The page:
TDs To Debate ‘Ireland’s Favourite Colour’ On First Two Weeks Back In Dáil

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AHEAD of the Dáil reconvening for leaders’ questions on the 17th of September, it has been confirmed that TDs are set to debate Ireland’s favourite colour for the first two weeks back in chambers.

In an effort to appeal to the public and show that politicians have a real ear for what the public cares about, TDs will breathlessly bicker over the merits of several very contentious colours.

“This is why the public elected us, to get to the bottom of these incredibly serious issues,” explained Tánaiste Joan Burton before being heckled by a nearby Sinn Féin deputy who stated “you’re only a pox, green is the obvious choice”.

While green is an early favourite, the debate is set to centre on which particular shade of green is most pleasing and representative of Ireland. The order of business in the houses of the Oireachtas has been cleared for several weeks in anticipation of fierce debating.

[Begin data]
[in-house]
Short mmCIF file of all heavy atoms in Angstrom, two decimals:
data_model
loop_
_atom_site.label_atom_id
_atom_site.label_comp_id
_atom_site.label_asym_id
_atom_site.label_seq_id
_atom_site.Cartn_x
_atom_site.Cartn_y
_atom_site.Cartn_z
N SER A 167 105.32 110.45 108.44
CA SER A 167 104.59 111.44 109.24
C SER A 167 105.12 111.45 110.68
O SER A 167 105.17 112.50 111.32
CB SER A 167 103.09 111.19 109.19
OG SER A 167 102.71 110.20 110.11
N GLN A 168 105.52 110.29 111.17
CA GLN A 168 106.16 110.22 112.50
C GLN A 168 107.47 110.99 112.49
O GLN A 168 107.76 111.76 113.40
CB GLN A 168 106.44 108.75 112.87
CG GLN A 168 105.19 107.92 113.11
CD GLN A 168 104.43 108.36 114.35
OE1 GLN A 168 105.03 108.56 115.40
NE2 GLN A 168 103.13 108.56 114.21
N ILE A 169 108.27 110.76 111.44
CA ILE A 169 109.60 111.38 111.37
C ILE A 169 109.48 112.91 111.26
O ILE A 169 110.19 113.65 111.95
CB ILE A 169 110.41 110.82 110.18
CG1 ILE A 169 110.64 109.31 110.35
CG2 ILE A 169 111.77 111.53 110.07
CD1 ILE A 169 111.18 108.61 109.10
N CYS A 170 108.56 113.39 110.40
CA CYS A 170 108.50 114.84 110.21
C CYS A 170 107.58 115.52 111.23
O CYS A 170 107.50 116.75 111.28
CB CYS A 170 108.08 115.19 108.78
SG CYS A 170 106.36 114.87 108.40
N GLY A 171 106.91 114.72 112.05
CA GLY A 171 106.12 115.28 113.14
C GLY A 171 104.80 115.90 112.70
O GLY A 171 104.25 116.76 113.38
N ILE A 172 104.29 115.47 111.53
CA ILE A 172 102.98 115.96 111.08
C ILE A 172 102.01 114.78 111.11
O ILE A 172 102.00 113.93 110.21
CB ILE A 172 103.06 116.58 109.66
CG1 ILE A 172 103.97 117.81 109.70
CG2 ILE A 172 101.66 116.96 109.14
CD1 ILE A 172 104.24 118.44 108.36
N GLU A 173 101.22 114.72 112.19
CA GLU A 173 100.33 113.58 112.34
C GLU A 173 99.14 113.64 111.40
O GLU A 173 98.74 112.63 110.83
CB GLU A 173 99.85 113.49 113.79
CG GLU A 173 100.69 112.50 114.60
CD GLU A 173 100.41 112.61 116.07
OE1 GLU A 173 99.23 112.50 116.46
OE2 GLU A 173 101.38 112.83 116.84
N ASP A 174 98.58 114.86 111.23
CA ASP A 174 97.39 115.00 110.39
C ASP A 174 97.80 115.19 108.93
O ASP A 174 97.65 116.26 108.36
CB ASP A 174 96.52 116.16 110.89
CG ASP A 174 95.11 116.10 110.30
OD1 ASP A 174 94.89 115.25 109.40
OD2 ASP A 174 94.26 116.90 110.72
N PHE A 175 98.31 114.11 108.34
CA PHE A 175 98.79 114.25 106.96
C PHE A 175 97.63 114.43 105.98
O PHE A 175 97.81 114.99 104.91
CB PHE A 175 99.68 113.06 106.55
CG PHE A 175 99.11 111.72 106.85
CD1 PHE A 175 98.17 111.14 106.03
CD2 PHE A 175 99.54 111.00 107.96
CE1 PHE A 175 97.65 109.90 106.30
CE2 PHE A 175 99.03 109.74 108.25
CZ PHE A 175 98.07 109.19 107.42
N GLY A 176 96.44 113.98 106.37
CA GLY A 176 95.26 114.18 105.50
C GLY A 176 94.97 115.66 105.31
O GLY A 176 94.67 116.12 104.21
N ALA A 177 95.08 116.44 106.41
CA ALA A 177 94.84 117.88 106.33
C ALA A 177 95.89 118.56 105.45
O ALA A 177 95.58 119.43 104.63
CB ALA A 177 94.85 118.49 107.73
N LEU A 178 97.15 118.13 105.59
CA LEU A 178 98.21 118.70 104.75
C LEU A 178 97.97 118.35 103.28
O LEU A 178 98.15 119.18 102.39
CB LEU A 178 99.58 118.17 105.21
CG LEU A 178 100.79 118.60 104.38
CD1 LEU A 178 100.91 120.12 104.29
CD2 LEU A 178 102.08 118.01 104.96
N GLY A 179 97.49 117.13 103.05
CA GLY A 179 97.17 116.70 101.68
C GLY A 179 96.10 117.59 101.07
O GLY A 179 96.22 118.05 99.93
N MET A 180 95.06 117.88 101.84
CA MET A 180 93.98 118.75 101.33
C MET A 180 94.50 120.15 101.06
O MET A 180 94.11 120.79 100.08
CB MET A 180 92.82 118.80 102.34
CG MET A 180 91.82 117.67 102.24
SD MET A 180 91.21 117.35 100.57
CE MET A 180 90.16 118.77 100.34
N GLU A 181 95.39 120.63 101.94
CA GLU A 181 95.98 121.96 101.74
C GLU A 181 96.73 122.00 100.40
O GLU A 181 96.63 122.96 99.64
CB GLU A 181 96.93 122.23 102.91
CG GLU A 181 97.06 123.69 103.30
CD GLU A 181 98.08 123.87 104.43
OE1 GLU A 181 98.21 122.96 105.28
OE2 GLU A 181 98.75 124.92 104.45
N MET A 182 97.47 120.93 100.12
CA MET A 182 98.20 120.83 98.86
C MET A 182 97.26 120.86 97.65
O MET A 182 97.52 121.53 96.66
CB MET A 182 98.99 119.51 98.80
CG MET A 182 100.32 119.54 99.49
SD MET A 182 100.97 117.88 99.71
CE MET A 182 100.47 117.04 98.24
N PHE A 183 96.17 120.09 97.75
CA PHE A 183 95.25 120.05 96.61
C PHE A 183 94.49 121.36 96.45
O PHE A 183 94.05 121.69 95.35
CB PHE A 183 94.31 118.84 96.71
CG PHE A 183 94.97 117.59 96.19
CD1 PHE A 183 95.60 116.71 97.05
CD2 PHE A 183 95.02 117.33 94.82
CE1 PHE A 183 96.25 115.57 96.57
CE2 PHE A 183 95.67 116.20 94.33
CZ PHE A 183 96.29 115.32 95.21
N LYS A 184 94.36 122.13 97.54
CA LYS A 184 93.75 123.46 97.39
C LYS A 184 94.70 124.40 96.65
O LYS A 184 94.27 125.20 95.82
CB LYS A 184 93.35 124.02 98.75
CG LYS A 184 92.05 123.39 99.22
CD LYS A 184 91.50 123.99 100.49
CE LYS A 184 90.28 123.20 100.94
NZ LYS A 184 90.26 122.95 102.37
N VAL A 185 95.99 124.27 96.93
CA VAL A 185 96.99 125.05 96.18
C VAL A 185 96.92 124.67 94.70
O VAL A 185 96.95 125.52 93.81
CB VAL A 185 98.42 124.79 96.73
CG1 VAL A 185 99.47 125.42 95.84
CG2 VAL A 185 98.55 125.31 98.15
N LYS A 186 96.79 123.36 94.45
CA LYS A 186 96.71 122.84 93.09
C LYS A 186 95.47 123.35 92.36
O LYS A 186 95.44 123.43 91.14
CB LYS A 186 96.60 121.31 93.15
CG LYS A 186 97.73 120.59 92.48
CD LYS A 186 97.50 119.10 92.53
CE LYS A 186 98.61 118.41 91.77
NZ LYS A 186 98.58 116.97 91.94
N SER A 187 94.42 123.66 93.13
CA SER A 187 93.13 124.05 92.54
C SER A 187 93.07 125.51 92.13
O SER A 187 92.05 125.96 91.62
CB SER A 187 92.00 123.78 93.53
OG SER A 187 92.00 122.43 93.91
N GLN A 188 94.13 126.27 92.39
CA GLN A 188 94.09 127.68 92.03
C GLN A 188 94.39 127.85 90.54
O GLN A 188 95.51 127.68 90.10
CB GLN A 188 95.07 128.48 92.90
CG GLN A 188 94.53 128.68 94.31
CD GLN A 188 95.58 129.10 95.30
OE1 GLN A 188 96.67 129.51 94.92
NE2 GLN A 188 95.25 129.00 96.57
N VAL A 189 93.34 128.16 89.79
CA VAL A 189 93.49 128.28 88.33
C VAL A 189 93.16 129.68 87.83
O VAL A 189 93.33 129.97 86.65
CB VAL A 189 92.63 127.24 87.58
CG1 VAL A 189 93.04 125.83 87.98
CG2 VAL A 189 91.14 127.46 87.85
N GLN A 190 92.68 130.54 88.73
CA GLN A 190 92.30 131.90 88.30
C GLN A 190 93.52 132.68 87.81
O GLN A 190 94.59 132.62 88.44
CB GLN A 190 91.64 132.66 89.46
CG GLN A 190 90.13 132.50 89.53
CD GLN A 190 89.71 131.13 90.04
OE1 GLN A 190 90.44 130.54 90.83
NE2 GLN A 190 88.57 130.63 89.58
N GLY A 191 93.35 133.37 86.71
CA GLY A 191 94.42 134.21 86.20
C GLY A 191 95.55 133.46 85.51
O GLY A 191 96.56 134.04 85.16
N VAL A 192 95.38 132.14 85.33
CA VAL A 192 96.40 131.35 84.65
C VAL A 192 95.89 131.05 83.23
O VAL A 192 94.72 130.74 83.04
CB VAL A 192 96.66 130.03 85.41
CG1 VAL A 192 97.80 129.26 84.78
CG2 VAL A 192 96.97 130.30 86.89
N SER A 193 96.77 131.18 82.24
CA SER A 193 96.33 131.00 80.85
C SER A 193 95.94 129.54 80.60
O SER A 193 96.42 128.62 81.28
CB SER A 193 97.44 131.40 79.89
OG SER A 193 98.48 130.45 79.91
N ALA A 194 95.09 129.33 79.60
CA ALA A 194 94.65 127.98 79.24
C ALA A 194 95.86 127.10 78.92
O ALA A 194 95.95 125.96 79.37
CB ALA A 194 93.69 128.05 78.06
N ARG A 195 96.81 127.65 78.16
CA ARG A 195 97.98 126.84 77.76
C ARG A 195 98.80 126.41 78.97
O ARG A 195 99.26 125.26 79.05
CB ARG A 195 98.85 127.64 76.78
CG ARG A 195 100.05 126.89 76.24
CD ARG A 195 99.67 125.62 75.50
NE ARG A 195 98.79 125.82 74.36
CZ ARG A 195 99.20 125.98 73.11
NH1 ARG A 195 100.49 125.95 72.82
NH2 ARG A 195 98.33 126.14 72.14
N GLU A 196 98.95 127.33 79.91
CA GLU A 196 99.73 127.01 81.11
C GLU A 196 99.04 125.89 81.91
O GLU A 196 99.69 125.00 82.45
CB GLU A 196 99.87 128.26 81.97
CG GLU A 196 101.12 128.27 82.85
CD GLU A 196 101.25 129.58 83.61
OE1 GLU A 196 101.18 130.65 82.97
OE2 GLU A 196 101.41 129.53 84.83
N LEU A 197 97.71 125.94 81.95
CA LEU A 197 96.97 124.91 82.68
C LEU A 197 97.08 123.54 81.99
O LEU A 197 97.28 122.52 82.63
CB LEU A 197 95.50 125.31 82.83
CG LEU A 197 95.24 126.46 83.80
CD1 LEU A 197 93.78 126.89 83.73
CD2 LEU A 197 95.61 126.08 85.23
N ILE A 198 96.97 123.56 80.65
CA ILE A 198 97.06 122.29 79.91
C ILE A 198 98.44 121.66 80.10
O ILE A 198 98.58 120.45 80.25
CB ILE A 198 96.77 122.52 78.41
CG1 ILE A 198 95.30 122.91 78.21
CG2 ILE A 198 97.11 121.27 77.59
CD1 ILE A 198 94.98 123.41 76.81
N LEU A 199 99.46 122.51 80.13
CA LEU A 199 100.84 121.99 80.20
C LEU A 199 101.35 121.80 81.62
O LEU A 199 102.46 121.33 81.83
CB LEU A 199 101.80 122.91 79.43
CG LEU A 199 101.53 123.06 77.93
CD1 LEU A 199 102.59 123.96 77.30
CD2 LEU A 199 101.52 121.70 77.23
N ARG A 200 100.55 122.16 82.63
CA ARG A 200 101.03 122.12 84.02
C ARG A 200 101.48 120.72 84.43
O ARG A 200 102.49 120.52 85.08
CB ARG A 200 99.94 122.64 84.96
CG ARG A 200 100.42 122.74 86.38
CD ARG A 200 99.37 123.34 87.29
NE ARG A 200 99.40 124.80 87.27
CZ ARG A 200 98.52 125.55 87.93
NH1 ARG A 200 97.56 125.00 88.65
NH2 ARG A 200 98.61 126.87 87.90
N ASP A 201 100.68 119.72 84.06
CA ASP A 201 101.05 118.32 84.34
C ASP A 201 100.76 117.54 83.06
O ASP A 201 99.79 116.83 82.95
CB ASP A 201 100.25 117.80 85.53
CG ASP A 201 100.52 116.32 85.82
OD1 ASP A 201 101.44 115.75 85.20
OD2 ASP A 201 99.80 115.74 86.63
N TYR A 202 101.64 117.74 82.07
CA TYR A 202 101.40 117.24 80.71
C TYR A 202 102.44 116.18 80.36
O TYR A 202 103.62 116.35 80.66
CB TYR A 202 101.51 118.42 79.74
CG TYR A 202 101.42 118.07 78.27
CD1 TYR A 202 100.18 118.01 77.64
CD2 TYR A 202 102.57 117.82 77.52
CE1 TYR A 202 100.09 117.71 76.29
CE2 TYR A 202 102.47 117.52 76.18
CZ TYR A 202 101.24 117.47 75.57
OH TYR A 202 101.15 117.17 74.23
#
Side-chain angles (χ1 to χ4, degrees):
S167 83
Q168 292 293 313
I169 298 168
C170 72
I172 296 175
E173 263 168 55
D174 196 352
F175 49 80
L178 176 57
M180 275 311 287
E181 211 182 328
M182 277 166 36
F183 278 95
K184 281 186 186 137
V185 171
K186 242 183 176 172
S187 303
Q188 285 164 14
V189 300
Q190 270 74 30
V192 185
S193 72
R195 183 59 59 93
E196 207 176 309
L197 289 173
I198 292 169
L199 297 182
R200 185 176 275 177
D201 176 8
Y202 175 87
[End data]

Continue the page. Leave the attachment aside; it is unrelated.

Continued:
The coming weeks will hopefully dispel the myth that politicians can’t work together effectively with a decision on what the Nation’s favourite colour is to be reached after 176 hours of shouting, 12 assaults, 2 deaths and countless court cases.

“We like to ease ourselves back in after the tough summer recess,” explained An Taoiseach Enda Kenny, “we’ll get to the serious stuff of debt repayment, the mess the HSE is in and all that after the next election maybe”.

‘Forest green’ has been heavily backed in the bookies but a late surge from ‘Fern green’ has seen Fianna Fáil members cancel previous engagements to rally around the little favoured ‘Kelly green’.

Leaders of each party will be given 3 hours to state the case for each colour choice, while independent TDs will given 20 minutes each. Rumours are circulating that Mick Wallace will wear a specially made pink onesie for the occasion, choosing to forgo any speech.

While it is believed that Emerald green has not been considered at all, despite its obvious connection to Ireland. A special cross-party committee set up late last year concluded that is ‘actually a bit gank’.

The cost to the tax payer for the committee was €1.7 billion.

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